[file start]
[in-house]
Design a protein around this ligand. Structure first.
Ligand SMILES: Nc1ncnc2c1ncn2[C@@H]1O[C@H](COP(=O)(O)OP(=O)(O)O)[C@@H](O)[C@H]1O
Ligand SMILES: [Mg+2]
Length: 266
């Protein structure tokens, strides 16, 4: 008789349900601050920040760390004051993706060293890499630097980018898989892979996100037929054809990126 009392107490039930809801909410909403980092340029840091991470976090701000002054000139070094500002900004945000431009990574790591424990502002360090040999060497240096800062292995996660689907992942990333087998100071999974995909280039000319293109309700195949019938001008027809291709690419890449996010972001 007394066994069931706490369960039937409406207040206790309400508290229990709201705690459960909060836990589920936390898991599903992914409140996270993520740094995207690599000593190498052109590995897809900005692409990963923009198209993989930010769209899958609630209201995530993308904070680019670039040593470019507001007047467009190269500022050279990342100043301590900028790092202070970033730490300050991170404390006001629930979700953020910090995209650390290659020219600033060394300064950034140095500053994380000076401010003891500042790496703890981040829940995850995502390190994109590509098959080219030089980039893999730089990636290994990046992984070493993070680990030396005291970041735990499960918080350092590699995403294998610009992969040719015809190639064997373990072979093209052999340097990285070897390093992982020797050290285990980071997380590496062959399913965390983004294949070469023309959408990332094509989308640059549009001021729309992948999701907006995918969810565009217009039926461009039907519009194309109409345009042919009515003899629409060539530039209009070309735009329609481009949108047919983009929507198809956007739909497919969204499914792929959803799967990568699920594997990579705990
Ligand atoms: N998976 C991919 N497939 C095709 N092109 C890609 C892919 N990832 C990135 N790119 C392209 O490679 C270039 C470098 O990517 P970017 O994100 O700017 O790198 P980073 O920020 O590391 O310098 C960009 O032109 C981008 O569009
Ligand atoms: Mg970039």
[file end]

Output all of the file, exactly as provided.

[in-house]
Design a protein around this ligand. Structure first.
Ligand SMILES: Nc1ncnc2c1ncn2[C@@H]1O[C@H](COP(=O)(O)OP(=O)(O)O)[C@@H](O)[C@H]1O
Ligand SMILES: [Mg+2]
Length: 266
């Protein structure tokens, strides 16, 4: 008789349900601050920040760390004051993706060293890499630097980018898989892979996100037929054809990126 009392107490039930809801909410909403980092340029840091991470976090701000002054000139070094500002900004945000431009990574790591424990502002360090040999060497240096800062292995996660689907992942990333087998100071999974995909280039000319293109309700195949019938001008027809291709690419890449996010972001 007394066994069931706490369960039937409406207040206790309400508290229990709201705690459960909060836990589920936390898991599903992914409140996270993520740094995207690599000593190498052109590995897809900005692409990963923009198209993989930010769209899958609630209201995530993308904070680019670039040593470019507001007047467009190269500022050279990342100043301590900028790092202070970033730490300050991170404390006001629930979700953020910090995209650390290659020219600033060394300064950034140095500053994380000076401010003891500042790496703890981040829940995850995502390190994109590509098959080219030089980039893999730089990636290994990046992984070493993070680990030396005291970041735990499960918080350092590699995403294998610009992969040719015809190639064997373990072979093209052999340097990285070897390093992982020797050290285990980071997380590496062959399913965390983004294949070469023309959408990332094509989308640059549009001021729309992948999701907006995918969810565009217009039926461009039907519009194309109409345009042919009515003899629409060539530039209009070309735009329609481009949108047919983009929507198809956007739909497919969204499914792929959803799967990568699920594997990579705990
Ligand atoms: N998976 C991919 N497939 C095709 N092109 C890609 C892919 N990832 C990135 N790119 C392209 O490679 C270039 C470098 O990517 P970017 O994100 O700017 O790198 P980073 O920020 O590391 O310098 C960009 O032109 C981008 O569009
Ligand atoms: Mg970039």